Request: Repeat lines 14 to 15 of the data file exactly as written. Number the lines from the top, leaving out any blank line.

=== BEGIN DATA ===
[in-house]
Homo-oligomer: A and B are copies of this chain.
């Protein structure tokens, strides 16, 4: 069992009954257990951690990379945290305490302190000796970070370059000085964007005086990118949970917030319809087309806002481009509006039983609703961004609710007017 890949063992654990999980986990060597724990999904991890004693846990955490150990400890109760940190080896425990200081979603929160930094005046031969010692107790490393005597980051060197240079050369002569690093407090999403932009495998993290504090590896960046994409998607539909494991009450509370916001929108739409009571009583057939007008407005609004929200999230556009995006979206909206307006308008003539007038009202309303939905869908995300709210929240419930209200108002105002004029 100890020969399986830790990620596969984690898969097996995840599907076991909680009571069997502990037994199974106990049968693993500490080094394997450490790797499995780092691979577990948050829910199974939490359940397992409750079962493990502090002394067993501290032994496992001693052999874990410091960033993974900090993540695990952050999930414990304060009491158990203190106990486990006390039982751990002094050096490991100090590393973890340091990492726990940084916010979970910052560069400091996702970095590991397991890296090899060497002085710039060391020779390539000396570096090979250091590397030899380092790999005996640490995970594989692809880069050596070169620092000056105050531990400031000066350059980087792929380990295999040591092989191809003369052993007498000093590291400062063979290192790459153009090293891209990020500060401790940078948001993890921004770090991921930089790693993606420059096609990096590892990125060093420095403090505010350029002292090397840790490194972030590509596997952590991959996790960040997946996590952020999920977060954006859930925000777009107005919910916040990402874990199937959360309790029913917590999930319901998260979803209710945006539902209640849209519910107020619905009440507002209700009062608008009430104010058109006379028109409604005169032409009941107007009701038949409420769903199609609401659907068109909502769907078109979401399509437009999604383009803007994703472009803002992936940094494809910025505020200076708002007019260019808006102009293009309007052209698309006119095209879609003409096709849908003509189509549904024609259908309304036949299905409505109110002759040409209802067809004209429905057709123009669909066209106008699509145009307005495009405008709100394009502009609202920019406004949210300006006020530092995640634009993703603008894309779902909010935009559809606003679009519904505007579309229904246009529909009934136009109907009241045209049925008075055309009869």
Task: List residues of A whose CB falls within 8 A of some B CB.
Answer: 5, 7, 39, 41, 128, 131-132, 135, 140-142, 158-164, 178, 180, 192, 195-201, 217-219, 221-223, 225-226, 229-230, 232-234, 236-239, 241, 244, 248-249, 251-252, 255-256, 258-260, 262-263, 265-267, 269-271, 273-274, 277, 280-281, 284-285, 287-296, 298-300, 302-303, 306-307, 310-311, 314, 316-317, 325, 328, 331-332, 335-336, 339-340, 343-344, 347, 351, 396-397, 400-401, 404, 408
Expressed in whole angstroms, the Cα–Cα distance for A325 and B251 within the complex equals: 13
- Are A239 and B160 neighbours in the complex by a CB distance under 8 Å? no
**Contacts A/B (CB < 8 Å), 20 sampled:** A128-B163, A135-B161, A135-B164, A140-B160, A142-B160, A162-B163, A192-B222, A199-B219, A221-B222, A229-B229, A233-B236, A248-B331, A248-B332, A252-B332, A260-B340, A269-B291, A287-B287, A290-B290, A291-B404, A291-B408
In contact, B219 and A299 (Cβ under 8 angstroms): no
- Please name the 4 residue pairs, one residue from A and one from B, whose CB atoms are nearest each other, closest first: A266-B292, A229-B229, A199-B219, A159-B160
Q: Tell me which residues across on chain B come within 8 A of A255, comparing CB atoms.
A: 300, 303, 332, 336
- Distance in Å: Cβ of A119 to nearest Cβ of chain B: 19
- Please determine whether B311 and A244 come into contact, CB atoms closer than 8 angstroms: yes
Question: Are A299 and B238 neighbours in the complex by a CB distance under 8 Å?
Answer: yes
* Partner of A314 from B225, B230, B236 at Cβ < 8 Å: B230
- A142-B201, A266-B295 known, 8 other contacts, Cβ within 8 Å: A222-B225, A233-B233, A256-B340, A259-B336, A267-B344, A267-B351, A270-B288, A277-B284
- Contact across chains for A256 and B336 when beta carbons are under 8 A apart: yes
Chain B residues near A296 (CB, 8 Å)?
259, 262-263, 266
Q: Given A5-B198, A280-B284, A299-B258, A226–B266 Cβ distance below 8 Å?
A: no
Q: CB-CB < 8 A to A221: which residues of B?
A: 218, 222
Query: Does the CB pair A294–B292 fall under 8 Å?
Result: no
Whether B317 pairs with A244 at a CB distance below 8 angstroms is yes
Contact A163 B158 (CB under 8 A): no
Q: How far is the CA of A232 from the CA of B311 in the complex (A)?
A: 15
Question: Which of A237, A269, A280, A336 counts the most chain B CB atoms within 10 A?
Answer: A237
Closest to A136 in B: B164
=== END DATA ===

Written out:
- Please determine whether B311 and A244 come into contact, CB atoms closer than 8 angstroms: yes
Question: Are A299 and B238 neighbours in the complex by a CB distance under 8 Å?